The MSRB is publishing this information regarding the LIBOR reference rate and encouraging regulated entities to review their activities related to LIBOR transactions, particularly given that the financial authority responsible for the publication of LIBOR has stated that it cannot guarantee that the LIBOR reference rate will be published beyond 2021. This information is intended to highlight existing MSRB rules that promote the protection of municipal entities by ensuring they are apprised of risks associated with the LIBOR reference rate when entering into new LIBOR-based transactions. 
The Alternative Reference Rates Committee (ARRC) is a group of private-market participants convened by the Federal Reserve Board and the New York Fed to help ensure a successful transition from LIBOR to a more robust reference rate. The ARRC has observed that, “[t]he transition from LIBOR is important because the potential disruption or cessation of LIBOR poses a financial stability risk as well as a risk to the individual firms with LIBOR exposures.” The ARRC’s website can be accessed here. Similarly, Chairman Jay Clayton of the U.S. Securities and Exchange Commission (SEC) has expressed concerns about the risks posed to municipal market participants by the LIBOR transition. He has stated, “. . . the pending transition away from LIBOR as a benchmark reference rate presents risks that market participants, including municipal entities, need to address.”
Underwriters’ Fair Dealing Obligations
The MSRB reminds brokers, dealers and municipal securities dealers (collectively, “dealers”) of their fair dealing obligations related to any new LIBOR transactions. Under MSRB Rule G-17, on conduct of municipal securities and municipal advisory activities, dealers must, in the conduct of their municipal securities activities, deal fairly with all persons and must not engage in any deceptive, dishonest, or unfair practice.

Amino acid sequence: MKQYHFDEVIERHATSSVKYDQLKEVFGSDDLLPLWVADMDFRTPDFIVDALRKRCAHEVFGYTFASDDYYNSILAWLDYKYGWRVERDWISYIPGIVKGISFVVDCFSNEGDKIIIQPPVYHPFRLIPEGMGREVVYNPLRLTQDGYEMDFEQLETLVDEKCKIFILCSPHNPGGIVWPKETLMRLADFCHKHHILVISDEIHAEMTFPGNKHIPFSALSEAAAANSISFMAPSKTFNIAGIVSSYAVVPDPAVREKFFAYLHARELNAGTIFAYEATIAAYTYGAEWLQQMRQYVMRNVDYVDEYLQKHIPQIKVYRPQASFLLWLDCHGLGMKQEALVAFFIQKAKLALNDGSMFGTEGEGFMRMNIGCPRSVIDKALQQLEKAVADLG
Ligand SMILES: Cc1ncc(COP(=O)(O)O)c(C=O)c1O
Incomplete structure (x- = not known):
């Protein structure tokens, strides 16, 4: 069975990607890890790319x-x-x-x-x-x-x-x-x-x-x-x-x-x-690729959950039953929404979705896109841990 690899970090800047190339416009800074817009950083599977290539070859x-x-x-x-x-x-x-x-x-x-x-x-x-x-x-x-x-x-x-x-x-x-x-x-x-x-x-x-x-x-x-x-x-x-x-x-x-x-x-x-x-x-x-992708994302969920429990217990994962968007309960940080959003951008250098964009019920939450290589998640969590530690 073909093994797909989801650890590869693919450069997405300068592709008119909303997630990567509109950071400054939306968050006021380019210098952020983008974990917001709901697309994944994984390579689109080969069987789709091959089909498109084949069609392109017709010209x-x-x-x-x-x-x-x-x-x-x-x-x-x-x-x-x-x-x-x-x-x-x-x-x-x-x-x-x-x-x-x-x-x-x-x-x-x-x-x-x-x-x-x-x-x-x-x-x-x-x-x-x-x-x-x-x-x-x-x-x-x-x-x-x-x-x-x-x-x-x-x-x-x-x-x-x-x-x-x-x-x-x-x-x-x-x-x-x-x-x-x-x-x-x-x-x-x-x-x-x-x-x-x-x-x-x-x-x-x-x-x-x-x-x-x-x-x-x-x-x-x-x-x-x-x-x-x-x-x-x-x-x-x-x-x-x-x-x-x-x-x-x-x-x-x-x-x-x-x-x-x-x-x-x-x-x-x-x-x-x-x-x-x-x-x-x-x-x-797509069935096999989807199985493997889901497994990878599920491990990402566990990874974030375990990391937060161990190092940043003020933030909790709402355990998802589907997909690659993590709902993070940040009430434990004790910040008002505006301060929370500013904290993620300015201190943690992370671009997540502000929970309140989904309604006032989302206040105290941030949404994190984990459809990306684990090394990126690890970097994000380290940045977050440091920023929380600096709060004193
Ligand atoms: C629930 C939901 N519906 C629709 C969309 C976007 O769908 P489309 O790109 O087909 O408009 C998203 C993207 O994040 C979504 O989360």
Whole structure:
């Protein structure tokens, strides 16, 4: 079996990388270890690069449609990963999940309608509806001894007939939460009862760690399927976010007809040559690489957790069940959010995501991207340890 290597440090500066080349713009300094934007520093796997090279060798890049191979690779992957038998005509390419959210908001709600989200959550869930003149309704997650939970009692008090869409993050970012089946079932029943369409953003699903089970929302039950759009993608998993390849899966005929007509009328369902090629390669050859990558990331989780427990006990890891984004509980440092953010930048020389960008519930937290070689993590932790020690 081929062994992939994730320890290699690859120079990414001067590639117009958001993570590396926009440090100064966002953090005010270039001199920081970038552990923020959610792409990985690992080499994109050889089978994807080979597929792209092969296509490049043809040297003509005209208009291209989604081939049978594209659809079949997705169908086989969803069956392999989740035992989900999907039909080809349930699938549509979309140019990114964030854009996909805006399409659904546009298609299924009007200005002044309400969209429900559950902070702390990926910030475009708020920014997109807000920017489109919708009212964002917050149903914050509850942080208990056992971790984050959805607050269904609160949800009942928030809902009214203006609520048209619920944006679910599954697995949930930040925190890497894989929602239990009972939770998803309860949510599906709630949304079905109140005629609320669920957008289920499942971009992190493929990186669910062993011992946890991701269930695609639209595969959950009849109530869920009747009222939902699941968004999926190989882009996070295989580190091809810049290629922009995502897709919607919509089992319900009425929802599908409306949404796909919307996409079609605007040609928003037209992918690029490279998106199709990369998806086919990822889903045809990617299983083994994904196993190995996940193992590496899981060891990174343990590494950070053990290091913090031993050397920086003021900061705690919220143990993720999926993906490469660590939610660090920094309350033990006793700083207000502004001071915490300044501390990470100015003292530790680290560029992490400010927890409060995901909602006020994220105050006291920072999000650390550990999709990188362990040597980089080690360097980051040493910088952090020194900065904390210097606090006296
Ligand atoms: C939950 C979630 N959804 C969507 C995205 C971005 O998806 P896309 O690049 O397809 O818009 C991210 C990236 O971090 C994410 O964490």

The MSRB has previously stated that transactions benchmarked to a LIBOR index can constitute a “complex municipal securities financing” and that “an underwriter in a negotiated offering that recommends a complex municipal securities financing to an issuer has an obligation under Rule G-17 to make more particularized disclosures than those that may be required in the case of routine financing structure.” Among other requirements, these more particularized written disclosures require the underwriter to disclose to the issuer the material financial characteristics associated with a LIBOR transaction, as well as the material financial risks associated with a LIBOR financing. The disclosures must be made in a fair and balanced manner based on principles of fair dealing and good faith.
Municipal Advisors’ Duties
The MSRB reminds municipal advisors of their fiduciary duty owed to municipal entities and their duty of care owed to private-entity obligated persons in relation to LIBOR transactions. Under MSRB Rule G-42, on duties of non-solicitor municipal advisors, if a municipal advisor makes a recommendation of a municipal securities transaction or municipal financial product involving LIBOR to a municipal entity or obligated person client, it must have a reasonable basis to believe that the recommended municipal securities transaction or municipal financial product is suitable for the client, based on the information obtained through the reasonable diligence of the municipal advisor.
Similarly, if the review of a recommendation of another party involving LIBOR is requested by the municipal entity or obligated person client and within the scope of the engagement, the municipal advisor must determine, based on the information obtained through the reasonable diligence of such municipal advisor, whether the municipal securities transaction or municipal financial product is or is not suitable for the client.
In addition, the municipal advisor must inform the client of: (i) the municipal advisor’s evaluation of the material risks, potential benefits, structure, and other characteristics of the recommended municipal securities transaction or municipal financial product; (ii) the basis upon which the municipal advisor reasonably believes that the recommended municipal securities transaction or municipal financial product is, or (as may be applicable in the case of a review of a recommendation) is not, suitable for the client; and (iii) whether the municipal advisor has investigated or considered other reasonably feasible alternatives to the recommended municipal securities transaction or municipal financial product that might also or alternatively serve the client’s objectives.